Good News! Automatic Discharge for bankrupts coming soon!

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asked on Feb 7, 2012 at 17:26
edited on Aug 1, 2016 at 23:21
235,908 individuals declared bankrupt as of October 2011: DG

Published on: Wednesday, December 07, 2011

Kota Kinabalu: As of October this year, a total of 235,908 individuals were declared bankrupt in the country, said the Director-General of Insolvency Department Datuk Abdul Karim Abdul Jalil.

He said based on the records of the Malaysian Insolvency Department, the main causes for bankruptcy were hire-purchase agreements (26 per cent), followed by personal loans (21 per cent), housing loans (14 per cent) and other loans including business loans and corporate guarantees.

"This places Malaysia among the countries with a large number of bankruptcies compared to the other countries, with an average of 41 individuals declared bankrupt each day," he said.

Between 2005 and October this year, a total of 14,000 cases were discharged of bankruptcy at the discretion of the Director-General of the Department of Insolvency, Abdul Karim told reporters after opening the dialogue on insolvency at the Federal Administration Complex in Likas, here, Tuesday.

The discretion refers to the bankrupt individual paying back the loan on instalments continuously for more than five years and that they offered close cooperation with the Department of Insolvency.

Abdul Karim said the Government was reviewing the Malaysian Bankruptcy Act 1967 in efforts to assist those who were declared bankrupt to continue with life without the debt burden, including automatic discharge.


Datuk Abdul Karim Bin Abdul Jalil
Current Director-General of Insolvency (DGI)
From 16.04.2009 to current.
Department of Insolvency, MDI
Prime Minister's Department

Second chance

11 December 2011
By P. Selvarani

Under proposed amendments to the law, bankrupts will soon have an opportunity to start anew after five years

Debtors will have a lot of reasons to smile once proposed amendments to the law are passed to enable bankrupts to be discharged automatically.

It is learnt that under the amendments, bankrupts may be automatically discharged after five years without having to apply to the courts or wait for the approval of the director-general of Insolvency (DGI), to be freed of the social stigma.

The Insolvency Department is seriously considering this move -- which is practised in many countries -- to give bankrupts a second chance to start anew.

The automatic discharge was proposed as the department believes making people, especially those who are honest and credible, a bankrupt for life will not benefit anyone.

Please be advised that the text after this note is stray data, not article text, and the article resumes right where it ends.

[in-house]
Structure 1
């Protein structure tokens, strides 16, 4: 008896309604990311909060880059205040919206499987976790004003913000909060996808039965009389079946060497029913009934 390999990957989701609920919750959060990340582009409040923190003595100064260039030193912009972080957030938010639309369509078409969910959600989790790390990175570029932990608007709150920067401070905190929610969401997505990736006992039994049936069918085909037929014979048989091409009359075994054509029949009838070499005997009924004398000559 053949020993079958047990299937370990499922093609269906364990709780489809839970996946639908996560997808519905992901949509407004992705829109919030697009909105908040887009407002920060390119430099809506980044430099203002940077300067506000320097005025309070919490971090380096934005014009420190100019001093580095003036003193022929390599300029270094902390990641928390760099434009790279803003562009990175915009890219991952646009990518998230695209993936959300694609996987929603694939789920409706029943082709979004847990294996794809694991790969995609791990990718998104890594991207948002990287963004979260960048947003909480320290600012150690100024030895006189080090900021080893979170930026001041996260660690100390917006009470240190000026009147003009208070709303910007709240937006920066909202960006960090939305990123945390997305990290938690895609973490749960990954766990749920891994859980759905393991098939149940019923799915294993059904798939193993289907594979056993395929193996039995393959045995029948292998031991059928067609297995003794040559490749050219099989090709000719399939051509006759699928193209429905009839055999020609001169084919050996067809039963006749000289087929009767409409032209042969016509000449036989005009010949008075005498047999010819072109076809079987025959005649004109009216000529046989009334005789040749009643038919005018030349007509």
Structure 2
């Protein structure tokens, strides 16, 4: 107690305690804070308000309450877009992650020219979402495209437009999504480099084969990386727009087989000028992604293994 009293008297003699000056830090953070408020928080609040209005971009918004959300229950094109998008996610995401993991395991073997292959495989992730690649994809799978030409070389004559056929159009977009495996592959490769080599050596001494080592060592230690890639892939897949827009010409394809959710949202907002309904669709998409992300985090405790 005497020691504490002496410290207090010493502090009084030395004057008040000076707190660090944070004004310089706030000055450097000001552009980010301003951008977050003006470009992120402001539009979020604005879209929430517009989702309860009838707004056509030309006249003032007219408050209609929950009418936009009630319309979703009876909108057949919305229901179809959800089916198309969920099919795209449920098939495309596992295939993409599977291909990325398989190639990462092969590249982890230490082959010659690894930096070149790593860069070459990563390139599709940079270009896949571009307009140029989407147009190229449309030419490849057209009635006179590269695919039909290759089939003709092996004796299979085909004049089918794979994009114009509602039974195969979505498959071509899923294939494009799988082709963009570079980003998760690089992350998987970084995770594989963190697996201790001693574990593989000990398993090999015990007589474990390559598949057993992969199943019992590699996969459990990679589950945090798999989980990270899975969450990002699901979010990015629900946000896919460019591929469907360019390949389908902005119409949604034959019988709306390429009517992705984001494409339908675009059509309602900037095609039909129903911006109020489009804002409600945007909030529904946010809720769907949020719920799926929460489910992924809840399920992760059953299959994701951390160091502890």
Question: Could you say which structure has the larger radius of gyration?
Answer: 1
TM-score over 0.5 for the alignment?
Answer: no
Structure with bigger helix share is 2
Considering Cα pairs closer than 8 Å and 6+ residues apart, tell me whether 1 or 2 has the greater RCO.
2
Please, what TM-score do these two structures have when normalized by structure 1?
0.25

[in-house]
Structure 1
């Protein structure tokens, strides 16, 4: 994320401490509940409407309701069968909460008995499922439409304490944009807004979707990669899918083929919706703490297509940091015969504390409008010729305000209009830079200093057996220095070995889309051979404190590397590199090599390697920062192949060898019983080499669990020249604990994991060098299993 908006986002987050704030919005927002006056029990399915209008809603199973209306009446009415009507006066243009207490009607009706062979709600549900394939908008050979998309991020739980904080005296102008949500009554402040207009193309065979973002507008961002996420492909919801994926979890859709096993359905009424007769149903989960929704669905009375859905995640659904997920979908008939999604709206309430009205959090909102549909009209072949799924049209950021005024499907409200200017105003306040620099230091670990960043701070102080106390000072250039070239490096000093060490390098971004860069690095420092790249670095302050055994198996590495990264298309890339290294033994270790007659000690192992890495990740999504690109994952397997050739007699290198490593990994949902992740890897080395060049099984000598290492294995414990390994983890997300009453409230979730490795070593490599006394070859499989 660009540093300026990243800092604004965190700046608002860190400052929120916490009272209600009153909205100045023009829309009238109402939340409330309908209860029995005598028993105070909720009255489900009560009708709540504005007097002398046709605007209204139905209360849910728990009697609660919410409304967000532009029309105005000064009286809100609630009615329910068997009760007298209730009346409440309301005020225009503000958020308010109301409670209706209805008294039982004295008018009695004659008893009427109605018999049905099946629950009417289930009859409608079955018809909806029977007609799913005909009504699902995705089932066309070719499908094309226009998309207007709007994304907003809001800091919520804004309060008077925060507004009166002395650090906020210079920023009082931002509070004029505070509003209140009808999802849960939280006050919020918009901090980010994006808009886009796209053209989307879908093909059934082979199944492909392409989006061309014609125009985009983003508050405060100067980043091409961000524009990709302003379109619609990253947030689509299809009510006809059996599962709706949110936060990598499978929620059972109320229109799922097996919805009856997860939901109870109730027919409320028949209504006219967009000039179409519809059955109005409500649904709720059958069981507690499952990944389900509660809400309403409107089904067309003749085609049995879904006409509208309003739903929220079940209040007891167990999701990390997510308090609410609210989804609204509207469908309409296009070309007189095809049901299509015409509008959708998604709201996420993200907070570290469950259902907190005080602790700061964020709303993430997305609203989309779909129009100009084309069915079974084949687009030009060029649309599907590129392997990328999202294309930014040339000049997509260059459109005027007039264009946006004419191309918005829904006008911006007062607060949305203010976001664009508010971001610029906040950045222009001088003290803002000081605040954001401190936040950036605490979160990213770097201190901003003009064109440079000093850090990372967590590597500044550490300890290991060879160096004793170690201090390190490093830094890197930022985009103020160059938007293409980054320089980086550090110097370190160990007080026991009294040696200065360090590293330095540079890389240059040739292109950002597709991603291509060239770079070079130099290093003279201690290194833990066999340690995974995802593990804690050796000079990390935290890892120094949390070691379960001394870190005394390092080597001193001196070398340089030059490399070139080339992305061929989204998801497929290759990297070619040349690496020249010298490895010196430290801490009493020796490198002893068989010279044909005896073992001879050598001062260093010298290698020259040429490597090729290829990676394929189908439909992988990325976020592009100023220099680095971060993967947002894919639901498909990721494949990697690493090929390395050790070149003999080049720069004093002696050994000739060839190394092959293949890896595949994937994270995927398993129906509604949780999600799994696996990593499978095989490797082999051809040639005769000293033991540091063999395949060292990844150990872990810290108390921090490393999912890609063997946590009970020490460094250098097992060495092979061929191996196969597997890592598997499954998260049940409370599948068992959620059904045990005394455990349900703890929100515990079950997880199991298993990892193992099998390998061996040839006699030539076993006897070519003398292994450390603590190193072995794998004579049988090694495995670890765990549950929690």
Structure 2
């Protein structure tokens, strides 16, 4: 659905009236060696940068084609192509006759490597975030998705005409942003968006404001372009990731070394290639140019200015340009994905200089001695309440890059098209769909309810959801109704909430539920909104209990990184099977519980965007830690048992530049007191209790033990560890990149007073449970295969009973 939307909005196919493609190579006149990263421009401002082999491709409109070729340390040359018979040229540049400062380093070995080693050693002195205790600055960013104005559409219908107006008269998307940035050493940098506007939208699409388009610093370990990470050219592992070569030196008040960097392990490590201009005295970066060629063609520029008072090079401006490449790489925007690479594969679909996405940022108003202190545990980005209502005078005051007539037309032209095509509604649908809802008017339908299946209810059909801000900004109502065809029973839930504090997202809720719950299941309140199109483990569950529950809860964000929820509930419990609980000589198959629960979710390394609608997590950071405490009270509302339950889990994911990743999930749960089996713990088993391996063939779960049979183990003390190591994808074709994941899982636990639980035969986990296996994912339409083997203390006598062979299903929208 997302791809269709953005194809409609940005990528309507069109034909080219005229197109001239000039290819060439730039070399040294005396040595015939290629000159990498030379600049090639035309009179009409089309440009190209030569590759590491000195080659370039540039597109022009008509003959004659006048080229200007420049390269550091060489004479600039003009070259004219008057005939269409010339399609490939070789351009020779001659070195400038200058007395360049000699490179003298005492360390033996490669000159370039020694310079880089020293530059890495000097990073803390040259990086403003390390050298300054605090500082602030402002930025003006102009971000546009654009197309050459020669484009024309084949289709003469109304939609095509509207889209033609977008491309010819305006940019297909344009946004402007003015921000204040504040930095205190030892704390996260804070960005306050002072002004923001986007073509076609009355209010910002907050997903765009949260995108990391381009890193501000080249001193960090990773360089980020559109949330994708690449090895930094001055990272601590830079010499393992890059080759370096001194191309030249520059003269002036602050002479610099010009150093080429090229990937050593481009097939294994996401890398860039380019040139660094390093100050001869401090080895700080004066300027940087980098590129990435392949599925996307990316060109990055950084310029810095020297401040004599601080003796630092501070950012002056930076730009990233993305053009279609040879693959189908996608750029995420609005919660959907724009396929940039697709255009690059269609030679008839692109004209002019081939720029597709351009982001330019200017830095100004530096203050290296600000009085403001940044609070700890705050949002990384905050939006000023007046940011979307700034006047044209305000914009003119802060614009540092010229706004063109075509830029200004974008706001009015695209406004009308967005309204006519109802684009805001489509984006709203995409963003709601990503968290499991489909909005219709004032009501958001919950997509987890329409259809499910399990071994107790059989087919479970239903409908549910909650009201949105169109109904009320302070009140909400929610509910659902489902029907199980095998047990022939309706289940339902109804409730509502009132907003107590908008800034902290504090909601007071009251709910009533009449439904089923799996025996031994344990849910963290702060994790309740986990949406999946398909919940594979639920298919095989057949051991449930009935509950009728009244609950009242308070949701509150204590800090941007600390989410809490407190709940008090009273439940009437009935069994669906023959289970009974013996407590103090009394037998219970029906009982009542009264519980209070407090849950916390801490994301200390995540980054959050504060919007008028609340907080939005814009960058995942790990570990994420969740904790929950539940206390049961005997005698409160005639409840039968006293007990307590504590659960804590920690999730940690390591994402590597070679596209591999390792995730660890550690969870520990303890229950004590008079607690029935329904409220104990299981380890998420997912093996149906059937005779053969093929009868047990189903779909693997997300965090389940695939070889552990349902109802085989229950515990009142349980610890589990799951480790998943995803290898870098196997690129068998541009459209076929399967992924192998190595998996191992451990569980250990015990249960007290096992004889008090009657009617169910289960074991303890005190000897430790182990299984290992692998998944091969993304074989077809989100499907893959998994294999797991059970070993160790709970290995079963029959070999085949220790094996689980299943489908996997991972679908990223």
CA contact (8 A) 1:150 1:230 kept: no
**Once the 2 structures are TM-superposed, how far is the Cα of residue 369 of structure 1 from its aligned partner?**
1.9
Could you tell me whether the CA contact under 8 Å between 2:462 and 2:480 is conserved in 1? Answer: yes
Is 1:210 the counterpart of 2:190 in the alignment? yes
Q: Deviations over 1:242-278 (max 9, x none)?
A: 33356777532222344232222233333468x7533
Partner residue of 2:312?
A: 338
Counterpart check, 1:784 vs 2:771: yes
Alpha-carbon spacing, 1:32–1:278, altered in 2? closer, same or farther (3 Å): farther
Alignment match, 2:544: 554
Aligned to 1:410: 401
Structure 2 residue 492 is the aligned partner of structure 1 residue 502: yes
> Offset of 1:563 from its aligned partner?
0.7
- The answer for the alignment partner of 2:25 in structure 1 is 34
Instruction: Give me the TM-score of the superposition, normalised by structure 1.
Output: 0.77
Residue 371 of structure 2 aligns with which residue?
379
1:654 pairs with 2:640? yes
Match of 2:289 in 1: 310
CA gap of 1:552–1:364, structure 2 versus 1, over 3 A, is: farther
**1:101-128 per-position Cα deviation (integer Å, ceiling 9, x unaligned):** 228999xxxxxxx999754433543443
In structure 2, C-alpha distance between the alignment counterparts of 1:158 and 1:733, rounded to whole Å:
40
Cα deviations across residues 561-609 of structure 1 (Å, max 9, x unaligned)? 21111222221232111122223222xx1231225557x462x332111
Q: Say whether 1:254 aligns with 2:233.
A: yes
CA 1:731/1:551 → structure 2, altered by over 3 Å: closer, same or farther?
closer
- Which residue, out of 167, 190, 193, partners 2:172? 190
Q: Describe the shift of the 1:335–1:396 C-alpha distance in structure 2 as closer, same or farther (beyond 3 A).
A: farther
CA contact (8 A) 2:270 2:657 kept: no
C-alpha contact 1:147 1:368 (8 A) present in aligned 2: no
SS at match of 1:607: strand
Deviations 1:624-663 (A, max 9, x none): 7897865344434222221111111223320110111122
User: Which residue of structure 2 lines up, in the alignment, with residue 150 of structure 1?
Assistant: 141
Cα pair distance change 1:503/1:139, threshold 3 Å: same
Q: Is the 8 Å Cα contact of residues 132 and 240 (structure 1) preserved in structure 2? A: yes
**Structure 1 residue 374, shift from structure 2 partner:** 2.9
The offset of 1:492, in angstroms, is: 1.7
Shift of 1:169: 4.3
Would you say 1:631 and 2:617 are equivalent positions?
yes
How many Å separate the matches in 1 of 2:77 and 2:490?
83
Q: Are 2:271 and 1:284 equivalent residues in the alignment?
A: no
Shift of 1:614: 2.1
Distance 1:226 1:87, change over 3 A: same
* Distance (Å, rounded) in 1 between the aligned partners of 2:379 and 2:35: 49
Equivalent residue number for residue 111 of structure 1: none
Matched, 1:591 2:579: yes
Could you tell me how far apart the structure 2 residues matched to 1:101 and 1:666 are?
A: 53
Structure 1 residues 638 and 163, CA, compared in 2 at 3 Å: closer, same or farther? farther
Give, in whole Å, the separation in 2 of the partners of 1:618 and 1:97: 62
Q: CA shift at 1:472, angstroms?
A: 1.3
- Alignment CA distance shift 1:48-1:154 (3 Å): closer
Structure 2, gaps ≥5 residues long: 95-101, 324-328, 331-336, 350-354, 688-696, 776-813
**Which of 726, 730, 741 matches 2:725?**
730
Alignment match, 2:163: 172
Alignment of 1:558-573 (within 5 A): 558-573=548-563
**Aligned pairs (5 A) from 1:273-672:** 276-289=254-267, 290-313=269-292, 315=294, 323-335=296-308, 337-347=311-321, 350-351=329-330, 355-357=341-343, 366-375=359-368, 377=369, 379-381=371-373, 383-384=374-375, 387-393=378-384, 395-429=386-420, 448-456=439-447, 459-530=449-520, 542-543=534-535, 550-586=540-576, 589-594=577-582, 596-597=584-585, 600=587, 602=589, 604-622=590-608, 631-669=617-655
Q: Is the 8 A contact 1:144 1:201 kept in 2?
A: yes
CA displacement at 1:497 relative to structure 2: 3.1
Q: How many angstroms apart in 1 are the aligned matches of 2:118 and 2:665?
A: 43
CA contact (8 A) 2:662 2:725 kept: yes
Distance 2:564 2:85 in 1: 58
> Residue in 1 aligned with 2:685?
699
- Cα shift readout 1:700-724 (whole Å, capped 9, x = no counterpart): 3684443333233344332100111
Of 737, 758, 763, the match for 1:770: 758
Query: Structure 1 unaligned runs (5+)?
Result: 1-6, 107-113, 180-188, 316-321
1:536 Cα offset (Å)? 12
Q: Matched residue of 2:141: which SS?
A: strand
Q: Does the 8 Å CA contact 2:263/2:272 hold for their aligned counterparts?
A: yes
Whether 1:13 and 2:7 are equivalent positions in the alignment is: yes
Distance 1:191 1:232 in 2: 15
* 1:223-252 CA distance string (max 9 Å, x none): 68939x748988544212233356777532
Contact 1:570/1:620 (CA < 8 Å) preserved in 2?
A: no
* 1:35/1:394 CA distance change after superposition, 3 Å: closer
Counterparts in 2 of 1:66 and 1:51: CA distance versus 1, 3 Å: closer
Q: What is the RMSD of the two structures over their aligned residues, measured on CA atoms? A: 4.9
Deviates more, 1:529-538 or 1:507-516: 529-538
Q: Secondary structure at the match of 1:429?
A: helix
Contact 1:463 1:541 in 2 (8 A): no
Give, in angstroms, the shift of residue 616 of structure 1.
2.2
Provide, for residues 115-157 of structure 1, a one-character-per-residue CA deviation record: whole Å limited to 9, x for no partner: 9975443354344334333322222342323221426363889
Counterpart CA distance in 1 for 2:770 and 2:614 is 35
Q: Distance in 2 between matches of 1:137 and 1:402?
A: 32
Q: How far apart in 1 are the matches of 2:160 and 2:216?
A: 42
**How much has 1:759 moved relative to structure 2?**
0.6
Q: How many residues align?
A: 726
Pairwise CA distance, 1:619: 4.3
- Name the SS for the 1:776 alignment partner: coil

"In many cases, it does not help them or their creditors as some of these people really cannot nor have the means to settle their debts.

"Some debtors are also untraceable. So what's the point of having them in our statistics? An automatic discharge will help them get back on their feet and start life afresh," DGI Datuk Abdul Karim Abdul Jalil told the New Sunday Times.

However, he said, many issues needed to be looked into.

"Should any conditions be imposed before this automatic discharge procedure is applied, especially to the dishonest and non-cooperative bankrupts? Or can the creditors or the DGI raise objections in relation to the conduct of the bankrupt? These are matters we have to thoroughly look into."

Several countries, including Thailand and New Zealand, have laws which allow for the automatic discharge of a bankrupt after three years as long as the bankrupt is not involved in fraud.

In Canada, a first-time bankrupt is automatically discharged after nine months if he fulfills all his duties and does not have any excess income. In the United Kingdom, bankrupts may be discharged after a year.

Karim said the automatic discharge was among the proposals under amendments to the existing laws to create a single Insolvency Act.

The proposed amendments have been submitted to the attorney- general.

At present, apart from paying their debts in full to qualify for a discharge, bankrupts in Malaysia can also be discharged at the discretion of the DGI.

This was made possible under amendments to the Bankruptcy Act in 2003 which gave the DGI the authority to discharge a bankrupt after five years or more.

Previously, bankrupts could only be released by the court if they paid their debts in full or if they were wrongly declared a bankrupt.

The automatic discharge proposal was mooted in 2003, but the authorities then felt that it was not the right time to introduce it.

"So, we introduced the Certificate of Insolvency instead which gave the DGI the power to discharge a person after five years or more, subject to objections from the creditor.

"And we used this certificate to save credible entrepreneurs, such as those who became bankrupt due to the economic crisis and not because of their own folly."

Since then, the department has discharged 14,174 bankrupts based on their good conduct and cooperation.

"We had also discharged extremely poor people and the sick.

"Through our outreach programme, we had personally witnessed their condition.

"Some of them were so poor or sick that they could not even make ends meet, let alone repay their debts. In such cases, we released them from bankruptcy because it would benefit no one for us to continue administering their files. Instead, it may incur us unnecessary costs."

Karim said it was necessary to streamline insolvency laws in Malaysia, such as personal insolvency (under the Bankruptcy Act 1967), corporate insolvency (which comes under the Companies Act 1965) and other related laws for a more efficient administration of insolvency cases as many of the laws now overlapped with those of other agencies.

For example, although the DGI is the official receiver and liquidator of companies, which have wound up and societies and trade unions which have been de-registered, laws pertaining to these matters are still parked under the Companies Act 1965, Societies Act 1966 and Trade Unions Act 1959, which come under the jurisdiction of the respective agencies.

"The international trend now is to put all this into one legislation to be administered by one organisation.